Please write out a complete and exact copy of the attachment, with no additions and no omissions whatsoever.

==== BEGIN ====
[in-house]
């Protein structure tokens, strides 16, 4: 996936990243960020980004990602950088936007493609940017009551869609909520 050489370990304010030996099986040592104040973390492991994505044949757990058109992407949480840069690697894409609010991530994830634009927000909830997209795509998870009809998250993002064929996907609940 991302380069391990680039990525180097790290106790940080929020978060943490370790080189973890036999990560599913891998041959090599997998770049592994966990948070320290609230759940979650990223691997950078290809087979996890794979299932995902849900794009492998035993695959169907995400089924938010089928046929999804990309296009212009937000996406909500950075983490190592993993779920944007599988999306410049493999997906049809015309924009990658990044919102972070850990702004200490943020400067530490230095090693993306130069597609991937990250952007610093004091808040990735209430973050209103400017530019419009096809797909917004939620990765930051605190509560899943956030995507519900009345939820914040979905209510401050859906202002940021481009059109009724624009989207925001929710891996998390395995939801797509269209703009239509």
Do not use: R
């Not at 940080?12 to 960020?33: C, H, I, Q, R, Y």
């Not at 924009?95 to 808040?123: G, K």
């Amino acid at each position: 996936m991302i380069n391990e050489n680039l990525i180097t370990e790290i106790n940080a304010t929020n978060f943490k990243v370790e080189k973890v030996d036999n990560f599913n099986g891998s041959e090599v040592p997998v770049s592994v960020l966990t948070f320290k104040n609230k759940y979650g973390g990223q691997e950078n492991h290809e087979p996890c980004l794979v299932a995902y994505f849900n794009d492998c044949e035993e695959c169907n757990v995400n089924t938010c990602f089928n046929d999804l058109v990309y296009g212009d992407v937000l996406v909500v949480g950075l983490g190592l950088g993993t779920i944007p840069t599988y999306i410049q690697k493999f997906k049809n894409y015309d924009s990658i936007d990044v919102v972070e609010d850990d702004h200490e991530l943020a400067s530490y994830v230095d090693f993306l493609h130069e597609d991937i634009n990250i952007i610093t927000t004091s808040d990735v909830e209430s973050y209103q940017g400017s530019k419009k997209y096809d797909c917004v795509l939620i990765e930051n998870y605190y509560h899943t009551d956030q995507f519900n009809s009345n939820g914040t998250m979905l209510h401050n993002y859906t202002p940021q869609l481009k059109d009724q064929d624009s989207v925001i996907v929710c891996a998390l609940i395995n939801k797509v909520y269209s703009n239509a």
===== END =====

[in-house]
């Protein structure tokens, strides 16, 4: 996936990243960020980004990602950088936007493609940017009551869609909520 050489370990304010030996099986040592104040973390492991994505044949757990058109992407949480840069690697894409609010991530994830634009927000909830997209795509998870009809998250993002064929996907609940 991302380069391990680039990525180097790290106790940080929020978060943490370790080189973890036999990560599913891998041959090599997998770049592994966990948070320290609230759940979650990223691997950078290809087979996890794979299932995902849900794009492998035993695959169907995400089924938010089928046929999804990309296009212009937000996406909500950075983490190592993993779920944007599988999306410049493999997906049809015309924009990658990044919102972070850990702004200490943020400067530490230095090693993306130069597609991937990250952007610093004091808040990735209430973050209103400017530019419009096809797909917004939620990765930051605190509560899943956030995507519900009345939820914040979905209510401050859906202002940021481009059109009724624009989207925001929710891996998390395995939801797509269209703009239509």
Do not use: R
């Not at 940080?12 to 960020?33: C, H, I, Q, R, Y």
């Not at 924009?95 to 808040?123: G, K």
């Amino acid at each position: 996936m991302i380069n391990e050489n680039l990525i180097t370990e790290i106790n940080a304010t929020n978060f943490k990243v370790e080189k973890v030996d036999n990560f599913n099986g891998s041959e090599v040592p997998v770049s592994v960020l966990t948070f320290k104040n609230k759940y979650g973390g990223q691997e950078n492991h290809e087979p996890c980004l794979v299932a995902y994505f849900n794009d492998c044949e035993e695959c169907n757990v995400n089924t938010c990602f089928n046929d999804l058109v990309y296009g212009d992407v937000l996406v909500v949480g950075l983490g190592l950088g993993t779920i944007p840069t599988y999306i410049q690697k493999f997906k049809n894409y015309d924009s990658i936007d990044v919102v972070e609010d850990d702004h200490e991530l943020a400067s530490y994830v230095d090693f993306l493609h130069e597609d991937i634009n990250i952007i610093t927000t004091s808040d990735v909830e209430s973050y209103q940017g400017s530019k419009k997209y096809d797909c917004v795509l939620i990765e930051n998870y605190y509560h899943t009551d956030q995507f519900n009809s009345n939820g914040t998250m979905l209510h401050n993002y859906t202002p940021q869609l481009k059109d009724q064929d624009s989207v925001i996907v929710c891996a998390l609940i395995n939801k797509v909520y269209s703009n239509a």